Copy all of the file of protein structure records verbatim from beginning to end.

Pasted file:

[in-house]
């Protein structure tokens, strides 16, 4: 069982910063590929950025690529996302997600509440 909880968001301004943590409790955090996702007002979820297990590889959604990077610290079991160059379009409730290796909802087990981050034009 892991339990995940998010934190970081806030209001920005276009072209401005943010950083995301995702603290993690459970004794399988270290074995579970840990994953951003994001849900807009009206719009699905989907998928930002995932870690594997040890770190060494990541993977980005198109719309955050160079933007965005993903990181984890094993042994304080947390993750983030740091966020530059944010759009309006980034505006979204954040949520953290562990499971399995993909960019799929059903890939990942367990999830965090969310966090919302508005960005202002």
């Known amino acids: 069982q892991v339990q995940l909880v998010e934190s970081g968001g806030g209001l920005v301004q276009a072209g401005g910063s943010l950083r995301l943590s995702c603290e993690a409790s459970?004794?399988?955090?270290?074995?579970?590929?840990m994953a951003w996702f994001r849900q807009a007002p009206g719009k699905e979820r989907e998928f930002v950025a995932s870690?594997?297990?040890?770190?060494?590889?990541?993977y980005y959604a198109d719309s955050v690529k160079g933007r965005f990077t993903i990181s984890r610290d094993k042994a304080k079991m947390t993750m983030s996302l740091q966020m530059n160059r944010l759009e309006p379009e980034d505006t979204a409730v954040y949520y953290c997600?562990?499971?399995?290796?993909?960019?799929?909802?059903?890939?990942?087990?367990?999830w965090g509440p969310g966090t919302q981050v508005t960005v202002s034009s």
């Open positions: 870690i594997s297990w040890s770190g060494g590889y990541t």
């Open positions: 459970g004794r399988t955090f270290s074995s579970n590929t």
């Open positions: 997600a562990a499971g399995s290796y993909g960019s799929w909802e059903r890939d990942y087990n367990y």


[in-house]
């Protein structure tokens, strides 16, 4: 069982910063590929950025690529996302997600509440 909880968001301004943590409790955090996702007002979820297990590889959604990077610290079991160059379009409730290796909802087990981050034009 892991339990995940998010934190970081806030209001920005276009072209401005943010950083995301995702603290993690459970004794399988270290074995579970840990994953951003994001849900807009009206719009699905989907998928930002995932870690594997040890770190060494990541993977980005198109719309955050160079933007965005993903990181984890094993042994304080947390993750983030740091966020530059944010759009309006980034505006979204954040949520953290562990499971399995993909960019799929059903890939990942367990999830965090969310966090919302508005960005202002």
């Known amino acids: 069982q892991v339990q995940l909880v998010e934190s970081g968001g806030g209001l920005v301004q276009a072209g401005g910063s943010l950083r995301l943590s995702c603290e993690a409790s459970?004794?399988?955090?270290?074995?579970?590929?840990m994953a951003w996702f994001r849900q807009a007002p009206g719009k699905e979820r989907e998928f930002v950025a995932s870690?594997?297990?040890?770190?060494?590889?990541?993977y980005y959604a198109d719309s955050v690529k160079g933007r965005f990077t993903i990181s984890r610290d094993k042994a304080k079991m947390t993750m983030s996302l740091q966020m530059n160059r944010l759009e309006p379009e980034d505006t979204a409730v954040y949520y953290c997600?562990?499971?399995?290796?993909?960019?799929?909802?059903?890939?990942?087990?367990?999830w965090g509440p969310g966090t919302q981050v508005t960005v202002s034009s």
């Open positions: 870690i594997s297990w040890s770190g060494g590889y990541t």
């Open positions: 459970g004794r399988t955090f270290s074995s579970n590929t």
């Open positions: 997600a562990a499971g399995s290796y993909g960019s799929w909802e059903r890939d990942y087990n367990y």